Thursday, April 17, 2008

From the Mailbag:

Now that I've finished my draft of the Knightmare script and await wonderfully pithy comments from Gregg, ripping my internals out onto the floor, I want to answer an email from Chris who had some beginner questions that beg a mad pulp answer:

I came across your blog when the guidelines for Sci-Fi Channel Movie writing came out. I think I followed a link via Boing Boing. At any rate, I have a tremendous desire to be a working screenwriter but have never been able to figure out a way to actually get material in front of anyone actually involved in the industry.

That's cool that the essential information on what cable channels like Scifi are looking for is getting out there. So many beginners are in the dark about what sort of material networks and producers want, and in what format.

There are several ways to open the Hollywood doors:

1. Contests get scripts read by people in the industry. Enter the biggies like Nicholl, SXSW and elsewhere. Alex Epstein has a FAQ section on his blog where he answers these types of questions. Tell him I sent ya.

2. Produce your work yourself and post it online. Not for the faint of heart or those with no tolerance for pain, but it is a way.

3. I assume (assumptions being what they are) that your material is ripe for the "indie/genre/D2DVD" marketplace. This is the same market that intersects with the comic book market. Why not take your script and create a comic out of it? You always want to show complete work - not just scripts which are essentially works in progress.

4. Write a killer intro letter and email it around to all the production companies, and see what response you get.

5. Go to networking events - Screenwriting Expo, Scriptwriter's Showcase, SXSW, Comic Con, and dozens of film festivals and markets all around the country.

I have read many of the "how to" books, to no avail. Yes, surely that is a great surprise. Everything I come across basically suggests you have to know someone. Well, that's a rather grim situation for one who knows no one in the industry. I'm not asking you to take a look at anything; I'm not as naive as that.

So what you need to do is go out and meet people: Shake hands, talk on Screenwriter forums, go to festivals and make yourself (but especially your work) known.

What I was s hoping is that you might be able to give me some advice.

I'm just looking to get started. I don't have any illusions about writing something and selling it for hundreds of thousands or any such nonsense. I'm not trying to make an artistic statement. I just want to get a start.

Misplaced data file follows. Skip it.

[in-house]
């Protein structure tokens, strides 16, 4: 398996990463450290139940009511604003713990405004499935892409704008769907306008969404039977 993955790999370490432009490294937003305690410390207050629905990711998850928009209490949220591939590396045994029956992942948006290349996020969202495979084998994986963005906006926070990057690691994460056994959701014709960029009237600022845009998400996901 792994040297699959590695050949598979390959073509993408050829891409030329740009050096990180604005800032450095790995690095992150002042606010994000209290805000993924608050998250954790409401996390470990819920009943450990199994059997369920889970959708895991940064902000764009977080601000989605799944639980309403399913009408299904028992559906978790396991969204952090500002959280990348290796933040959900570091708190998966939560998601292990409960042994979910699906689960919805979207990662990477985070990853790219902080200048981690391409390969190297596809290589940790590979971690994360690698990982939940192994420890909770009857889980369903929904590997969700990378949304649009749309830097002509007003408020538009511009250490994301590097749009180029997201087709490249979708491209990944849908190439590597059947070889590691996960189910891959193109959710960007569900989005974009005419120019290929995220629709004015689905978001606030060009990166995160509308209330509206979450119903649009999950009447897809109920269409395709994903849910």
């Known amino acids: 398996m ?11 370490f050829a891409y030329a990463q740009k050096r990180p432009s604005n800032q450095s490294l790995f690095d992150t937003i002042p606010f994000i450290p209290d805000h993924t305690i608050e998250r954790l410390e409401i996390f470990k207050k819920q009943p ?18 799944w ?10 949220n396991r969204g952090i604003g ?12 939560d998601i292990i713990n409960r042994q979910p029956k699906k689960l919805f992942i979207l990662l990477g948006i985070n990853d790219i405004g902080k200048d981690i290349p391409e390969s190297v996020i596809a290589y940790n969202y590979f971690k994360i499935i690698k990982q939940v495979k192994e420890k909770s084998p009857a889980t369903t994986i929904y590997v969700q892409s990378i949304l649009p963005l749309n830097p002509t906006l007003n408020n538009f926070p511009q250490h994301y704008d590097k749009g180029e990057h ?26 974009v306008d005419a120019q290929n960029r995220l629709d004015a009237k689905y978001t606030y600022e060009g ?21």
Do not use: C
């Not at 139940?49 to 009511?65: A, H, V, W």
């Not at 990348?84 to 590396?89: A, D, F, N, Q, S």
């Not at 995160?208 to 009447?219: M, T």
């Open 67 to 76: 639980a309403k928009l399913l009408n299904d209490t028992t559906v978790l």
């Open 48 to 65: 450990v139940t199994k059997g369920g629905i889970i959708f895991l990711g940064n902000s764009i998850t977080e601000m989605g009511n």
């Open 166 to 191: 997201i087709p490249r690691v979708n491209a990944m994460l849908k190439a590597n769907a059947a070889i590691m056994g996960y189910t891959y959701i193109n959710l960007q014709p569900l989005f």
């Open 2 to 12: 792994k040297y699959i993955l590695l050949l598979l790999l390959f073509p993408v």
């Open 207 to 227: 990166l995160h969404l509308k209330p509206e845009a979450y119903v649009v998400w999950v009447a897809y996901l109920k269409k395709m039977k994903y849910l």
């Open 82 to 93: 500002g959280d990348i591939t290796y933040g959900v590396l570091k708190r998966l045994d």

Your goal is always to entertain. If you do that, then you are halfway there.

Do any of the prodcos you list look at unsolicited material? Is there anyway to actually get work without an agent, or, moreover, anyway to actually get an agent to look at anything?
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Bill Martell has worked steadily in the industry for many years sans agent. I go out and pitch for work or just generate my own work. I try to go out and meet people in person, and I work the social networking elements of sites like Ning and Facebook.

I'm marketing a novel to agents right now, publishing agents actually read query letter. My understanding is that film agents do not. I have come up with nothing but dead ends.
If you could give me any glimmer of input as to where I might look for better information or relate your own advice, I would be most grateful.

<<<<<<<<<<< Start by going through the links in my sidebar. There are various forums attached to those links. Look through the subject threads. By doing the research yourself you learn where to look for leads. You learn who the players are...and then you can find out who produces your kind of material.

The fact is that the indie market fluctuates - a lot. Because many of these companies are small they are very responsive to hot trends and are always looking for the next thing to break. That means companies that were producing "family flicks" one year, may be doing "torture porn" the next. You have to stay on top of it by using the power of the web.

It's today's "cost of doing business."

1 comment:

Chris said...

This is Chris, thanks a lot for the help, much obliged. I go not to the linkage you provided.

I especially like the comic idea, it's lateral, oblique.

-C.